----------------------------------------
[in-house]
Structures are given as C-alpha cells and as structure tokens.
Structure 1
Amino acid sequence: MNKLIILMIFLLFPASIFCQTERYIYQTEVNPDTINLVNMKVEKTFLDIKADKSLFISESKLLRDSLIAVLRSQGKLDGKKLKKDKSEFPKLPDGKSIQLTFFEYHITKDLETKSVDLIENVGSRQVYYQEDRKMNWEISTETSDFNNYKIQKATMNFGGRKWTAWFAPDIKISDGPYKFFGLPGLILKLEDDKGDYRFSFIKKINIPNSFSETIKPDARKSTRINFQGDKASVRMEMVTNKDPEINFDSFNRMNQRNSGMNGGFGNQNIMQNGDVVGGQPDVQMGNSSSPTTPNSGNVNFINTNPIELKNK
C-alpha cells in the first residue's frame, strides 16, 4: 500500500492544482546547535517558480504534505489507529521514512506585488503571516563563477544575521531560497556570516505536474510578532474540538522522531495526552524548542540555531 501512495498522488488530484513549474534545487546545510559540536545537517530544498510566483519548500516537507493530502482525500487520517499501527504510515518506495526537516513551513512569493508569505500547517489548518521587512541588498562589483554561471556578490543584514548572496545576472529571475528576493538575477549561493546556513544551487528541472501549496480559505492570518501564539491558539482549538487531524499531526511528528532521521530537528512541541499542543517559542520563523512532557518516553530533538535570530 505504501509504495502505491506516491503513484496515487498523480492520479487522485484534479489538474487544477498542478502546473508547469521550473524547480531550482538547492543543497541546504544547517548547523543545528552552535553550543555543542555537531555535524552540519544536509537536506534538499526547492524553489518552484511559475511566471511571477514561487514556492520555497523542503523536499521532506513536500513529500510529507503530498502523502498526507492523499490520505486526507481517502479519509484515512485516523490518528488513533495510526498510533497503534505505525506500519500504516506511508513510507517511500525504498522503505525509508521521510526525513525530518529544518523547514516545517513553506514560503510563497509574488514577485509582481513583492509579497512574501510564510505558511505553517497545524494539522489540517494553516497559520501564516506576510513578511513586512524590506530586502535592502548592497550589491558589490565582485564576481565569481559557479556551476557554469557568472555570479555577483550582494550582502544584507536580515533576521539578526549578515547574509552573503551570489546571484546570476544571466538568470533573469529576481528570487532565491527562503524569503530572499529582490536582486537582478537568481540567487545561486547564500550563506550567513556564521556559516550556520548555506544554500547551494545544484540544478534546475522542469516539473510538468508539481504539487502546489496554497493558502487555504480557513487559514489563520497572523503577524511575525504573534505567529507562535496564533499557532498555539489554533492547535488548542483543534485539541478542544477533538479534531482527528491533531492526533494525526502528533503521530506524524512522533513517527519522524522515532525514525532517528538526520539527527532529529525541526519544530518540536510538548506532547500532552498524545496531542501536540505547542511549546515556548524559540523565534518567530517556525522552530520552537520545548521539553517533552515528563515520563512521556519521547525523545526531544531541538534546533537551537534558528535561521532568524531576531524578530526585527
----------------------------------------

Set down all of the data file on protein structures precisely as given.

[in-house]
Structures are given as C-alpha cells and as structure tokens.
Structure 1
Amino acid sequence: MNKLIILMIFLLFPASIFCQTERYIYQTEVNPDTINLVNMKVEKTFLDIKADKSLFISESKLLRDSLIAVLRSQGKLDGKKLKKDKSEFPKLPDGKSIQLTFFEYHITKDLETKSVDLIENVGSRQVYYQEDRKMNWEISTETSDFNNYKIQKATMNFGGRKWTAWFAPDIKISDGPYKFFGLPGLILKLEDDKGDYRFSFIKKINIPNSFSETIKPDARKSTRINFQGDKASVRMEMVTNKDPEINFDSFNRMNQRNSGMNGGFGNQNIMQNGDVVGGQPDVQMGNSSSPTTPNSGNVNFINTNPIELKNK
C-alpha cells in the first residue's frame, strides 16, 4: 500500500492544482546547535517558480504534505489507529521514512506585488503571516563563477544575521531560497556570516505536474510578532474540538522522531495526552524548542540555531 501512495498522488488530484513549474534545487546545510559540536545537517530544498510566483519548500516537507493530502482525500487520517499501527504510515518506495526537516513551513512569493508569505500547517489548518521587512541588498562589483554561471556578490543584514548572496545576472529571475528576493538575477549561493546556513544551487528541472501549496480559505492570518501564539491558539482549538487531524499531526511528528532521521530537528512541541499542543517559542520563523512532557518516553530533538535570530 505504501509504495502505491506516491503513484496515487498523480492520479487522485484534479489538474487544477498542478502546473508547469521550473524547480531550482538547492543543497541546504544547517548547523543545528552552535553550543555543542555537531555535524552540519544536509537536506534538499526547492524553489518552484511559475511566471511571477514561487514556492520555497523542503523536499521532506513536500513529500510529507503530498502523502498526507492523499490520505486526507481517502479519509484515512485516523490518528488513533495510526498510533497503534505505525506500519500504516506511508513510507517511500525504498522503505525509508521521510526525513525530518529544518523547514516545517513553506514560503510563497509574488514577485509582481513583492509579497512574501510564510505558511505553517497545524494539522489540517494553516497559520501564516506576510513578511513586512524590506530586502535592502548592497550589491558589490565582485564576481565569481559557479556551476557554469557568472555570479555577483550582494550582502544584507536580515533576521539578526549578515547574509552573503551570489546571484546570476544571466538568470533573469529576481528570487532565491527562503524569503530572499529582490536582486537582478537568481540567487545561486547564500550563506550567513556564521556559516550556520548555506544554500547551494545544484540544478534546475522542469516539473510538468508539481504539487502546489496554497493558502487555504480557513487559514489563520497572523503577524511575525504573534505567529507562535496564533499557532498555539489554533492547535488548542483543534485539541478542544477533538479534531482527528491533531492526533494525526502528533503521530506524524512522533513517527519522524522515532525514525532517528538526520539527527532529529525541526519544530518540536510538548506532547500532552498524545496531542501536540505547542511549546515556548524559540523565534518567530517556525522552530520552537520545548521539553517533552515528563515520563512521556519521547525523545526531544531541538534546533537551537534558528535561521532568524531576531524578530526585527